The fine folks at MediaTakeOut.com have been exercising their creative juices again. The website reported this week that Love & Hip-Hop Atlanta stars Erica Dixon and Shay Johnson were involved in a bloody fight over rapper, Lil Scrappy.
The gossip outlet even claimed that Erica may have used a “blade” to slice Shay’s face open during the brawl.
“They ran towards each other and started fighting. Shay was winning then Erica pulled something out and hit SHAY IN THE FACE,” a source allegedly told the website.
Shay was then supposedly rushed to the hospital because she was bleeding “everywhere.”
This sounds like quite the dramatic ordeal, but HipHollywood has learned it’s part exaggeration on MTO’s part. Shay took to Twitter after MTO published their story to let folks know that no one made her face leak during any fight, but didn’t deny being involved in a scuffle with Erica.
“LET’S SET THE RECORD STRAIGHT!! This is what im looking like 4/11/13! Apparently them PAWS need 2 go back in training!”
Netflix’s ‘Step Sisters’ Is ‘Bring It On’ … But Way More Woke!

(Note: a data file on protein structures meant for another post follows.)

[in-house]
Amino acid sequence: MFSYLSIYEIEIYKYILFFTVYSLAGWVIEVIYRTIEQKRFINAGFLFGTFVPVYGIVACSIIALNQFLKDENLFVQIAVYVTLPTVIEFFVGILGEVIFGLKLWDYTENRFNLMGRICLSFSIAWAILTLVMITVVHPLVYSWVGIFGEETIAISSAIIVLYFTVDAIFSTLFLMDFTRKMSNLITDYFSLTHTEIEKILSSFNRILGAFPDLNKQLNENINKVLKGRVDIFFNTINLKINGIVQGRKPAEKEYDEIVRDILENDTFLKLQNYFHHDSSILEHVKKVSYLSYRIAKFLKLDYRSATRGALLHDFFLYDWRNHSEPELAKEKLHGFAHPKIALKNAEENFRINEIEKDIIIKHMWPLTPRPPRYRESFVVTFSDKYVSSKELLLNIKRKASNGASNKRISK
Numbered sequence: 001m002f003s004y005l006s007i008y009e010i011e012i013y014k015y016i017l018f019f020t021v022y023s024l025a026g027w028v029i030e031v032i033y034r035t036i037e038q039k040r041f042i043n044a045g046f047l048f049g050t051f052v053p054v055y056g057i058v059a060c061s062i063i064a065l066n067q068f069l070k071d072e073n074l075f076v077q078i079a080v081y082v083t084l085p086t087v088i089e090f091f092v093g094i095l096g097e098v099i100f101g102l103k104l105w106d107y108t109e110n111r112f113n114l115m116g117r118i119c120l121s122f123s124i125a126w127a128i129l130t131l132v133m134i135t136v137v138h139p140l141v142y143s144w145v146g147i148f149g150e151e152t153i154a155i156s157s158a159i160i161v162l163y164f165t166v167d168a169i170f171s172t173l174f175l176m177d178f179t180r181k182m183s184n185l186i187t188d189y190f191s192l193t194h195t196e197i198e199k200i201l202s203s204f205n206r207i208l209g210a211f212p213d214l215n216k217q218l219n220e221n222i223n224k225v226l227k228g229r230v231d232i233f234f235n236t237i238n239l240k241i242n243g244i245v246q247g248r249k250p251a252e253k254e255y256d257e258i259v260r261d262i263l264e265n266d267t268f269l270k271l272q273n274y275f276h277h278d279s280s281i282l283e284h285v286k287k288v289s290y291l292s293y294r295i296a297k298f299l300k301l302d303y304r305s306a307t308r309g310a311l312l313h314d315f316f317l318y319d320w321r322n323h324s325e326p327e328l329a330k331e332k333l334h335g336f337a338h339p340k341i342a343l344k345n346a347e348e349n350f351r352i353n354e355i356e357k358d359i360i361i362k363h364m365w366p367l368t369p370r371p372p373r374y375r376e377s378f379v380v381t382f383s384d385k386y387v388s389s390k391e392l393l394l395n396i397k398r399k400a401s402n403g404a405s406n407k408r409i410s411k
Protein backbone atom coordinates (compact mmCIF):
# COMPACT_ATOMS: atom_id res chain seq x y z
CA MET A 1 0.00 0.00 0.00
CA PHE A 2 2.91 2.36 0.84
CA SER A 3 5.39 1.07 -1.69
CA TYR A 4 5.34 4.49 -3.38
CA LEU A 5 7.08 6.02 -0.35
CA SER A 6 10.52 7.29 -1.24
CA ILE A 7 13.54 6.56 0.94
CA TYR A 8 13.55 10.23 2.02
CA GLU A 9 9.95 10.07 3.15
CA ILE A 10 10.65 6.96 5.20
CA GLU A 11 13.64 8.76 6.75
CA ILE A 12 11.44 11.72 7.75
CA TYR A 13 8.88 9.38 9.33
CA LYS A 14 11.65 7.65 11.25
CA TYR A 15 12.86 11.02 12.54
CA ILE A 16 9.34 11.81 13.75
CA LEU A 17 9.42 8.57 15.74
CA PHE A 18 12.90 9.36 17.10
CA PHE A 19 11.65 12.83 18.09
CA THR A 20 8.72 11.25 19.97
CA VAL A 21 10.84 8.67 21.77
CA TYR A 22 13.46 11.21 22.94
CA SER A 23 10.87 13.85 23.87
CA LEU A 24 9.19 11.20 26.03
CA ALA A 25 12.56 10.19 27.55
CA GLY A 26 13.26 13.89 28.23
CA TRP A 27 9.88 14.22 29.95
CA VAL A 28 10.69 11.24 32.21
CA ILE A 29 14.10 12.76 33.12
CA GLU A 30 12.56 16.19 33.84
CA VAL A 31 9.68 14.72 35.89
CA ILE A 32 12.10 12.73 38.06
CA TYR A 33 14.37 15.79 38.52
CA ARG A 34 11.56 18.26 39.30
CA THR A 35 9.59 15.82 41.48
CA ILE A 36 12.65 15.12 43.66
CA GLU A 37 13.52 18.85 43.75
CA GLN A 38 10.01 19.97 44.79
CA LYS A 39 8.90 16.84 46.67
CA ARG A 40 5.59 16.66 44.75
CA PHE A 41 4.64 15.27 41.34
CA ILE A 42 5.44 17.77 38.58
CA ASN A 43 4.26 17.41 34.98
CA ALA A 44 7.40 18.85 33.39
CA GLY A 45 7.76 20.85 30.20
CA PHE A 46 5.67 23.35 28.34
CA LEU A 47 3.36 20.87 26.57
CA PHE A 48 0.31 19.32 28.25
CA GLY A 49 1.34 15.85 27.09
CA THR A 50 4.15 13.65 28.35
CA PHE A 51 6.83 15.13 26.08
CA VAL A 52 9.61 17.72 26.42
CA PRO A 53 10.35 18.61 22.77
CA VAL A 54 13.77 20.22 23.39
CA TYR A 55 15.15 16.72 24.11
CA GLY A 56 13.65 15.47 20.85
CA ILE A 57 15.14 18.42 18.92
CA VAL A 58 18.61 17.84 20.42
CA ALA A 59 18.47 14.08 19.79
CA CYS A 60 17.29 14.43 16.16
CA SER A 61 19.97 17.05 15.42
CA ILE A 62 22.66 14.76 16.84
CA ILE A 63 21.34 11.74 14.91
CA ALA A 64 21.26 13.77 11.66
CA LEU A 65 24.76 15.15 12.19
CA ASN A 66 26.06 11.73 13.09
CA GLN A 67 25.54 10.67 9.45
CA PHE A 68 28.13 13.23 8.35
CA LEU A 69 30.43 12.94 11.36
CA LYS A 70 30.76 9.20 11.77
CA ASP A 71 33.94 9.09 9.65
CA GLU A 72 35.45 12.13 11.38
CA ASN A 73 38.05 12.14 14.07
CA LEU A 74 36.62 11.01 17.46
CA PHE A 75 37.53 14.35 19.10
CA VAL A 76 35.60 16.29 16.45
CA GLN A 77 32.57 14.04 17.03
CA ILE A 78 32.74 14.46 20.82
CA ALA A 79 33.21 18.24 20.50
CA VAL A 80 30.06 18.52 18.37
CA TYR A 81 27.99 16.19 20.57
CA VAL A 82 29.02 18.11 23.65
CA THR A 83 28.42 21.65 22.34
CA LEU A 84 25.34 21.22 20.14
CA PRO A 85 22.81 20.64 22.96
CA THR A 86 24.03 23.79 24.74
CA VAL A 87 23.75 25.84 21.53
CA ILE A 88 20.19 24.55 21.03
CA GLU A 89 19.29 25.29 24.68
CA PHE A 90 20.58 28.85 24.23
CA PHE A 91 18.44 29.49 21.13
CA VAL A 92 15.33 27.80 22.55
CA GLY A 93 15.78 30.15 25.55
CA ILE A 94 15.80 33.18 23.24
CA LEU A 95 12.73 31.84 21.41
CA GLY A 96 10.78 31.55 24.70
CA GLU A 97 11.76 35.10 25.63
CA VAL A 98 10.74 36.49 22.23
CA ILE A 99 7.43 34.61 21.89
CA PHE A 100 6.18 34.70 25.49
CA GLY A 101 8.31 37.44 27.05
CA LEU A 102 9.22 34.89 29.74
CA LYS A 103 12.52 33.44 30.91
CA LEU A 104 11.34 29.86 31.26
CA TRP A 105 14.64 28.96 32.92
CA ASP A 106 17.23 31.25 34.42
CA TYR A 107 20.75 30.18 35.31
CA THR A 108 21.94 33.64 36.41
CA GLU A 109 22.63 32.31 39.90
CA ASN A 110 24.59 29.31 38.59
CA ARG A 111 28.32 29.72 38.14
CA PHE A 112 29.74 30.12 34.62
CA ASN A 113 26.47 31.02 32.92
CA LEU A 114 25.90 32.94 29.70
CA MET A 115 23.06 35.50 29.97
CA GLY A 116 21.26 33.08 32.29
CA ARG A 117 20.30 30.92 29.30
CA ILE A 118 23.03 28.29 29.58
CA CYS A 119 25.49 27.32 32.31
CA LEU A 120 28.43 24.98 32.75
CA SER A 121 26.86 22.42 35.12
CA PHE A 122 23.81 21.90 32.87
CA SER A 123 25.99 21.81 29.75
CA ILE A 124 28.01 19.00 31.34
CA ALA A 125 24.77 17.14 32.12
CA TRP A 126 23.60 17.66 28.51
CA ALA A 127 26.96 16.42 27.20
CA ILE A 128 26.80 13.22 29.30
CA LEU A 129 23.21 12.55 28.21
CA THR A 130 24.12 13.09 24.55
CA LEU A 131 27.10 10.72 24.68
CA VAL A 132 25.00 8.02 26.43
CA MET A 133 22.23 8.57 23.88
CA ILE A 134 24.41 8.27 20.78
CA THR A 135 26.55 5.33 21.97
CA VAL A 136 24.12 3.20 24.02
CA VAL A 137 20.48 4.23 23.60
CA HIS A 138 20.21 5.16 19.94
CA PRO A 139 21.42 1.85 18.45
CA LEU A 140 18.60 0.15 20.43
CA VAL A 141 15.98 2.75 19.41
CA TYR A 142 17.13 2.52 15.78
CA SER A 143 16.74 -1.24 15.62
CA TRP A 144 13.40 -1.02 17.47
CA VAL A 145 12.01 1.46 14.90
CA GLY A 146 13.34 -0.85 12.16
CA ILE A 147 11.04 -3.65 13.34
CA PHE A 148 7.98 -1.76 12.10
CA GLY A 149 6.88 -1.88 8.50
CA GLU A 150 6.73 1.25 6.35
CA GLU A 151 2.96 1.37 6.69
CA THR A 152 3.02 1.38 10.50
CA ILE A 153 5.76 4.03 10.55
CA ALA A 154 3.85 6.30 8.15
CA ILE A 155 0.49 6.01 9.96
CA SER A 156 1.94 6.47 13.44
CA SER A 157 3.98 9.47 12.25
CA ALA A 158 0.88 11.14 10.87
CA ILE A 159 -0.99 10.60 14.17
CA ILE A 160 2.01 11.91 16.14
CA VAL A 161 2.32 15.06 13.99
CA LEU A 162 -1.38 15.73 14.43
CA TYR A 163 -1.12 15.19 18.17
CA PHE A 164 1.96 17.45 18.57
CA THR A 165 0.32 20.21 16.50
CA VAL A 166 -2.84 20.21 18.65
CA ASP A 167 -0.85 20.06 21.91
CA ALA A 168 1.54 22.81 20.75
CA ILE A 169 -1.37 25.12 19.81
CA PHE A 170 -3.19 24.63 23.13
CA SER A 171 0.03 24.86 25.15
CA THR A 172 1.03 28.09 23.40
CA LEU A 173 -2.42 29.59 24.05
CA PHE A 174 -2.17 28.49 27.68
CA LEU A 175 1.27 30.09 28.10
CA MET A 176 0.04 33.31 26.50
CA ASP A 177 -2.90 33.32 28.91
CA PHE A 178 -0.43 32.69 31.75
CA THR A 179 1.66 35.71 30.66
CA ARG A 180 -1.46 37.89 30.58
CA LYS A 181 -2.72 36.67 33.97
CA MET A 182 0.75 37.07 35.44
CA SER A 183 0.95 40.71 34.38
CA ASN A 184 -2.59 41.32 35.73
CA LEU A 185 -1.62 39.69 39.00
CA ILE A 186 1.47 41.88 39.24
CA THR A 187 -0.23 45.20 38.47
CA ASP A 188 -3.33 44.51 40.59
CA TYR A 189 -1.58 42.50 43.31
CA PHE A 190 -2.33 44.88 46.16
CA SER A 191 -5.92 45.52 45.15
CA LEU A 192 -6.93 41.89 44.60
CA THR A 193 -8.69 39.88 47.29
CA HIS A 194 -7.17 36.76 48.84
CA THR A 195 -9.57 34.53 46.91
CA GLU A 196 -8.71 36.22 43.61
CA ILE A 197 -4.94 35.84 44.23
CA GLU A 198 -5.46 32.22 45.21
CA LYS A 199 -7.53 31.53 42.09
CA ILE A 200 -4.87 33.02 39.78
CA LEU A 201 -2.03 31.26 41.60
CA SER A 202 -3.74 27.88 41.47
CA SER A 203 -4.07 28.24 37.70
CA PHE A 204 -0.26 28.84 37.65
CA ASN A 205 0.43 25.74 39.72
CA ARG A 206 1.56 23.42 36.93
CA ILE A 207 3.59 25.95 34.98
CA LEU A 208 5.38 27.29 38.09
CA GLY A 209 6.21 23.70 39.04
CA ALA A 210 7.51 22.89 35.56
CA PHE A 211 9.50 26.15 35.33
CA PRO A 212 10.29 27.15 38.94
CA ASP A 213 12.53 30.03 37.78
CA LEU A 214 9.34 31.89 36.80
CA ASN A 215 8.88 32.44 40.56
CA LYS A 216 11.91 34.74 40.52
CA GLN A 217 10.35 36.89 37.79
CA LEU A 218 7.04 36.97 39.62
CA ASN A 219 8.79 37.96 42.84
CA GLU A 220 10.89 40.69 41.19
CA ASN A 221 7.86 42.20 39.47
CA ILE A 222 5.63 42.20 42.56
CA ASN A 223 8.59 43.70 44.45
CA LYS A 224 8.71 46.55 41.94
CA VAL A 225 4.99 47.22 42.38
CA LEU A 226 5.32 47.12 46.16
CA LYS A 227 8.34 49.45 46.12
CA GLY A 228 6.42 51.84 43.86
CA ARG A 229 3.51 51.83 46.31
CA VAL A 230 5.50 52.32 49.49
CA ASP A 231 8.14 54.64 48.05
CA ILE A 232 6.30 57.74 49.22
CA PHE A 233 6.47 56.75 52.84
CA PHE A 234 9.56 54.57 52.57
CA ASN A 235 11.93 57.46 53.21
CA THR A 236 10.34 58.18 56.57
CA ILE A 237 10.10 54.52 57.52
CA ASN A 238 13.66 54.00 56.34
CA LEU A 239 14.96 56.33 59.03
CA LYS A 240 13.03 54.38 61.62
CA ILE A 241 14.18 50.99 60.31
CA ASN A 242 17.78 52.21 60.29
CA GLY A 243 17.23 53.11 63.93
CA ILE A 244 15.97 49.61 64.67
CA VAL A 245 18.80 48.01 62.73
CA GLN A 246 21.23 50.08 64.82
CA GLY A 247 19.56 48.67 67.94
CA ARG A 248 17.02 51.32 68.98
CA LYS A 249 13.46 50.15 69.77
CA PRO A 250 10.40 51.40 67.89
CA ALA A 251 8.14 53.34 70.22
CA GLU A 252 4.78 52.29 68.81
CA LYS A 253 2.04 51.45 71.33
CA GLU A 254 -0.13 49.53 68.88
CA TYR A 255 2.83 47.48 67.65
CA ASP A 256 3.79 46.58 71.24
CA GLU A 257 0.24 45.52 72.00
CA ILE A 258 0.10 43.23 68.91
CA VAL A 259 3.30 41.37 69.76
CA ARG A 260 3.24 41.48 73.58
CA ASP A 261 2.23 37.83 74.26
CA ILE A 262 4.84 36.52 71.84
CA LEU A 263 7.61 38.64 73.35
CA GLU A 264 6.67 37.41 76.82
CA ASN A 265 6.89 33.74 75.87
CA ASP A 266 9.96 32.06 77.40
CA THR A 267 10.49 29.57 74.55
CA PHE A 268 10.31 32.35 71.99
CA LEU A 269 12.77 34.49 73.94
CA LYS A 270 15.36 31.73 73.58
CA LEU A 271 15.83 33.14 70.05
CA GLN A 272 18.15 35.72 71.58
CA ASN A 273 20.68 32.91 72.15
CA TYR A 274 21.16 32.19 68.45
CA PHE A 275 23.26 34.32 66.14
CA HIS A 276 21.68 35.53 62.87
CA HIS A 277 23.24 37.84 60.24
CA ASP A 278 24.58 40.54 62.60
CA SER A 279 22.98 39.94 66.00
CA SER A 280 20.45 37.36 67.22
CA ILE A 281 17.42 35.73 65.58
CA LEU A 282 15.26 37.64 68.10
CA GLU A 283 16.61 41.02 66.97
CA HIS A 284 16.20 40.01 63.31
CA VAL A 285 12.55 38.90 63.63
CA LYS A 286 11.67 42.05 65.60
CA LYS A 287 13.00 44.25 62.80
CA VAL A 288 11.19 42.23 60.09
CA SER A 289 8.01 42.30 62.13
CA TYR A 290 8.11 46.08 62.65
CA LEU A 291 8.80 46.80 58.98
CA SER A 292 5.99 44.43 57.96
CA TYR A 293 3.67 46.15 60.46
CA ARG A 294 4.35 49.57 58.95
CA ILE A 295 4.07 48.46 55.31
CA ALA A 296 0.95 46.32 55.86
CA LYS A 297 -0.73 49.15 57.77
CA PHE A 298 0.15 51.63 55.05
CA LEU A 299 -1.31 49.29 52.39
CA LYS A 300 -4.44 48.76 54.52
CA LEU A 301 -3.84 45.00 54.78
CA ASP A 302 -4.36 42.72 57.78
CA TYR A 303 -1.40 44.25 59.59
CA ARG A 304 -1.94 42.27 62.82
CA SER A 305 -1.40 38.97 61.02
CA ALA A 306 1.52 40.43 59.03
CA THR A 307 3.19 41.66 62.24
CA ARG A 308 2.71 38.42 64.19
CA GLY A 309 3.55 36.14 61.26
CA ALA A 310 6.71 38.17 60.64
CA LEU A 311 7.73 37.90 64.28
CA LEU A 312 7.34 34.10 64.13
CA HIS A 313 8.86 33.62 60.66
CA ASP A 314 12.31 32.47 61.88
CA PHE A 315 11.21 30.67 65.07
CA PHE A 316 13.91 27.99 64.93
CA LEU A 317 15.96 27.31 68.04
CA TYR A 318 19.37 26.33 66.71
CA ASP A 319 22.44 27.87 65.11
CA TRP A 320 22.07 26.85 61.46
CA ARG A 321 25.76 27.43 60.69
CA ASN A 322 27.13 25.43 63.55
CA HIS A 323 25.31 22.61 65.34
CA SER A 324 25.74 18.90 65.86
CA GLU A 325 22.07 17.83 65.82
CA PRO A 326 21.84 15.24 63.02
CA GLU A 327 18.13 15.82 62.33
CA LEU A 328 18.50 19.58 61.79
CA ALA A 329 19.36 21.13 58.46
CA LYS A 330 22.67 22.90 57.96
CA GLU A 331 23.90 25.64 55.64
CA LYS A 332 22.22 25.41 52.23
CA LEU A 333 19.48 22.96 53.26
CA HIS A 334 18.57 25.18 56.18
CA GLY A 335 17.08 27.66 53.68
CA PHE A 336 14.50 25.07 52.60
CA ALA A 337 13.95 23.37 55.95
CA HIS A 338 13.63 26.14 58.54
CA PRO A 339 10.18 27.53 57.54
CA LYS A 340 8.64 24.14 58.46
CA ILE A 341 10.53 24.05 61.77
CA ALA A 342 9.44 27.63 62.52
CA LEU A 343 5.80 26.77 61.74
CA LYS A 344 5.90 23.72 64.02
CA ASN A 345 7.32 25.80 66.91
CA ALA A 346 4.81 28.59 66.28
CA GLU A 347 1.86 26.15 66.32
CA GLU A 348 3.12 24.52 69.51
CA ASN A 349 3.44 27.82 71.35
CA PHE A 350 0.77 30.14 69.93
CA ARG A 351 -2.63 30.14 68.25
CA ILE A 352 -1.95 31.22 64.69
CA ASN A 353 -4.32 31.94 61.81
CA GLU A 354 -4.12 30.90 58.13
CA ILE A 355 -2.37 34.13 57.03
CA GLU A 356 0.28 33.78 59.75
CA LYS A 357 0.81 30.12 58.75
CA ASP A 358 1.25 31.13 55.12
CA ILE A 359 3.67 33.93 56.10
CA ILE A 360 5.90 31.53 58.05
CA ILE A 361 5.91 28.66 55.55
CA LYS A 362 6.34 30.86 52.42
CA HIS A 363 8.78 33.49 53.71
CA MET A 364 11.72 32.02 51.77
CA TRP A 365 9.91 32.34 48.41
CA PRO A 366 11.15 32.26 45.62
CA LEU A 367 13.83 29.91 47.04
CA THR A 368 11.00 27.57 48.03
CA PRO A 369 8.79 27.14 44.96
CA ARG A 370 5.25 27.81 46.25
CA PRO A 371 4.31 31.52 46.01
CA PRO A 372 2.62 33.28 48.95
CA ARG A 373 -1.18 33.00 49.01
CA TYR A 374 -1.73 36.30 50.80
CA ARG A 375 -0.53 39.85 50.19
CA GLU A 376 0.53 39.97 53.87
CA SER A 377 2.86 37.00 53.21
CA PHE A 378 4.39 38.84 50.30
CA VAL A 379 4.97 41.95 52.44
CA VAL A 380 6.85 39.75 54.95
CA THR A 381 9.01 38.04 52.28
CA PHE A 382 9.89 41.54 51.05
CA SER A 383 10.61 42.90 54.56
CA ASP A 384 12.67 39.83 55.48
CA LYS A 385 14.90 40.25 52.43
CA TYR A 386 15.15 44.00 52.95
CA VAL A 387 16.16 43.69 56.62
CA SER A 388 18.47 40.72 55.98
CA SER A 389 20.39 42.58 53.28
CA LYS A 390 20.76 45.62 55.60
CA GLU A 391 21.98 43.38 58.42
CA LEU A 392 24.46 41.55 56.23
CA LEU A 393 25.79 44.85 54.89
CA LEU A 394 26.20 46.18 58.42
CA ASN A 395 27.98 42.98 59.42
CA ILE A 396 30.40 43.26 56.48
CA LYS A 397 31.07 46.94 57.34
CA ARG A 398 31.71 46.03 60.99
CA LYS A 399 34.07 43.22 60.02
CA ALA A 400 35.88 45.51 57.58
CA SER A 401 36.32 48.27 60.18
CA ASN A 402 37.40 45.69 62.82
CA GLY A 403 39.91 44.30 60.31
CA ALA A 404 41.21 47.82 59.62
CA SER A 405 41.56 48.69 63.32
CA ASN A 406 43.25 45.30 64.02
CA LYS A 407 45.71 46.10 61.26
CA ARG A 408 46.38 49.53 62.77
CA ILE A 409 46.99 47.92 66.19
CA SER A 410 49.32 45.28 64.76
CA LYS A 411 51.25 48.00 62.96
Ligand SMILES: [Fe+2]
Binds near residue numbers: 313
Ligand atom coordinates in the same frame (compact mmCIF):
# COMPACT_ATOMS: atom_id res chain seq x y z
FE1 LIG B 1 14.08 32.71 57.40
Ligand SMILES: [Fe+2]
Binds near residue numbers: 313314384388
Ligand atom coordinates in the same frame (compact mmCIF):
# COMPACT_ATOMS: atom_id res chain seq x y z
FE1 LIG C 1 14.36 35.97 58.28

Netflix is getting ready to “Bring It On” … in more ways than one. The streaming service’s new flick Step Sisters is reminiscent of the 90s dance film, but delves deeper into racial themes like cultural appropriation, tokenization and interracial dating.
In the film Megalyn Echikunwoke (Arrow) plays the president of a black sorority who is tasked with teaching one of the campus’ white sororities how to step for a charity competition. At first glimpse the film seems to be stepping into a can of worms — and had folks on Twitter up in arms, but the creators and cast told HipHollywood it isn’t about cultural appropriation but instead cultural exchange.
“There’s a strong political message, and there’s a lot of racial content,” said Nia Jervier. “But I think that the pill that may be difficult to swallow is dipped in honey, because it’s funny.”
What also helps is that producer/writers like Lena Waithe (Masters of None), Chuck Hayward (Dear White People) and Ben Cory Jones (Underground) are behind the project – so you know it’s woke.
“At the end of the day, Jamila the lead character in our minds she’s reaching over to show them a part of our culture. It doesn’t dilute our culture,” said Jones. ” And I love that we can take stepping and evolve that into issues of race and culture.”
Step Sisters begins streaming on Netflix January 20th.
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